Genome-wide DNA methylation analyses in the brain reveal four differentially methylated regions between humans and non-human primates
- Equal contributors
1 State Key Laboratory of Genetic Resources and Evolution, Kunming Institute of Zoology, Chinese Academy of Sciences, 32 East Jiao-Chang Road, Kunming, Yunnan, 650223, People's Republic of China
2 Graduate School of Chinese Academy of Sciences, Beijing, People's Republic of China
Citation and License
BMC Evolutionary Biology 2012, 12:144 doi:10.1186/1471-2148-12-144Published: 16 August 2012
The highly improved cognitive function is the most significant change in human evolutionary history. Recently, several large-scale studies reported the evolutionary roles of DNA methylation; however, the role of DNA methylation on brain evolution is largely unknown.
To test if DNA methylation has contributed to the evolution of human brain, with the use of MeDIP-Chip and SEQUENOM MassARRAY, we conducted a genome-wide analysis to identify differentially methylated regions (DMRs) in the brain between humans and rhesus macaques. We first identified a total of 150 candidate DMRs by the MeDIP-Chip method, among which 4 DMRs were confirmed by the MassARRAY analysis. All 4 DMRs are within or close to the CpG islands, and a MIR3 repeat element was identified in one DMR, but no repeat sequence was observed in the other 3 DMRs. For the 4 DMR genes, their proteins tend to be conserved and two genes have neural related functions. Bisulfite sequencing and phylogenetic comparison among human, chimpanzee, rhesus macaque and rat suggested several regions of lineage specific DNA methylation, including a human specific hypomethylated region in the promoter of K6IRS2 gene.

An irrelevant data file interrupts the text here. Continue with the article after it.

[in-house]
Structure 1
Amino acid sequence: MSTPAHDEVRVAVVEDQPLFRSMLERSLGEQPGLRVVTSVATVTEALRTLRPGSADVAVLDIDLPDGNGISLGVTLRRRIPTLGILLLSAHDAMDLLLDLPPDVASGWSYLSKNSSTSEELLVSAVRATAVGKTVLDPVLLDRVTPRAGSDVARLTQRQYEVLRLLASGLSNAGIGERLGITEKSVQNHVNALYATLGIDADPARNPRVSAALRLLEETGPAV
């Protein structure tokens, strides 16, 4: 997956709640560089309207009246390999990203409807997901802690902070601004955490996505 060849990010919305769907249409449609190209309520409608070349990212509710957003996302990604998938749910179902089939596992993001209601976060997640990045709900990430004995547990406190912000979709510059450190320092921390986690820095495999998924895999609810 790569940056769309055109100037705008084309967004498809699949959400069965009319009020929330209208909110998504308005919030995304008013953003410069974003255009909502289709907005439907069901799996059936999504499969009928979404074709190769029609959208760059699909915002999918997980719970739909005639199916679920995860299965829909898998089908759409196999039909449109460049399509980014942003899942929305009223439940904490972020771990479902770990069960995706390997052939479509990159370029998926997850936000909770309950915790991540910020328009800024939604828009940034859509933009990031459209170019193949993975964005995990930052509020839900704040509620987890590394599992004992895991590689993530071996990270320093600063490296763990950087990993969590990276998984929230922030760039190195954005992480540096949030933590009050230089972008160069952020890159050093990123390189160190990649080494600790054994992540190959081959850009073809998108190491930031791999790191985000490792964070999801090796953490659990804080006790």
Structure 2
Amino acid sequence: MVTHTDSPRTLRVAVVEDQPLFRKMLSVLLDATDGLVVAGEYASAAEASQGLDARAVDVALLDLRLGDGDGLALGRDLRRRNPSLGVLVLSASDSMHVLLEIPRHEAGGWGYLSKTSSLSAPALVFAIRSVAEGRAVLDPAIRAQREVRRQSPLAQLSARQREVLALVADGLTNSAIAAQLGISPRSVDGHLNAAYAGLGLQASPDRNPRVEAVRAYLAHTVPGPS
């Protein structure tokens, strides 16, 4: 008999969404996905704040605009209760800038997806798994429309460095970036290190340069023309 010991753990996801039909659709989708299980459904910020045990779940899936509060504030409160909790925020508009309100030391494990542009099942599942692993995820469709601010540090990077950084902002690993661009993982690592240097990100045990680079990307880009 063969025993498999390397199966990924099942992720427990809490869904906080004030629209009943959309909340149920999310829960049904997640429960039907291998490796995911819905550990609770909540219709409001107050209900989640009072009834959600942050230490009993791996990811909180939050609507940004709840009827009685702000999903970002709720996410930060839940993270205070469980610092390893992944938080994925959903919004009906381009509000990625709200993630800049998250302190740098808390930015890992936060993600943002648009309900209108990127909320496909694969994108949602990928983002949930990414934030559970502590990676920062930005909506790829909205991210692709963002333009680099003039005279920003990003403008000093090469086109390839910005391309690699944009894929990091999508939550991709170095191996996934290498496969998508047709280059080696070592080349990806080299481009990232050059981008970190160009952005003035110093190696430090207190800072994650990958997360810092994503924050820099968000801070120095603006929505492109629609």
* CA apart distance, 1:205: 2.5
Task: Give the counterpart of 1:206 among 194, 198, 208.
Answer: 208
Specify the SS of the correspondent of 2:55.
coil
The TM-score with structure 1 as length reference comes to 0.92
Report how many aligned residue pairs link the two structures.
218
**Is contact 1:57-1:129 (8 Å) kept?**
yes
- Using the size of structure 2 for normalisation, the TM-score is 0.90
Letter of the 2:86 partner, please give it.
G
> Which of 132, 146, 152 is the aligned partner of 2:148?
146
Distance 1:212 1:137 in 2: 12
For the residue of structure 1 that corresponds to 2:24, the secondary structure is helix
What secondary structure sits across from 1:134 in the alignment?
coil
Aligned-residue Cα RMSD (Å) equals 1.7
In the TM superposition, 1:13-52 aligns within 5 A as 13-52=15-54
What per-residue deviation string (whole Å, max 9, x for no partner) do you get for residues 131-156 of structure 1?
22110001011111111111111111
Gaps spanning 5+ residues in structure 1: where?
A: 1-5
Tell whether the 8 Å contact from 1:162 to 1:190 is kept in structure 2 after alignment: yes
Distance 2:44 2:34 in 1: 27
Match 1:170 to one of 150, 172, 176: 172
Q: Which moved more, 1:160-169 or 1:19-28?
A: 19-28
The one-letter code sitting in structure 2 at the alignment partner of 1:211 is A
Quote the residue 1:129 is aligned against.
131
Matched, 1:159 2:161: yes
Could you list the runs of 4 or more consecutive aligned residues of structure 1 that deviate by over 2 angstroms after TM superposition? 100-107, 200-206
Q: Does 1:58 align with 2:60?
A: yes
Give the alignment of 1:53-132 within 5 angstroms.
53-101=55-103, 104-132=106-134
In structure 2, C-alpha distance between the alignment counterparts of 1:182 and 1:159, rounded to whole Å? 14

Our study provides a new angle of studying human brain evolution and understanding the evolutionary role of DNA methylation in the central nervous system. The results suggest that the patterns of DNA methylation in the brain are in general similar between humans and non-human primates, and only a few DMRs were identified.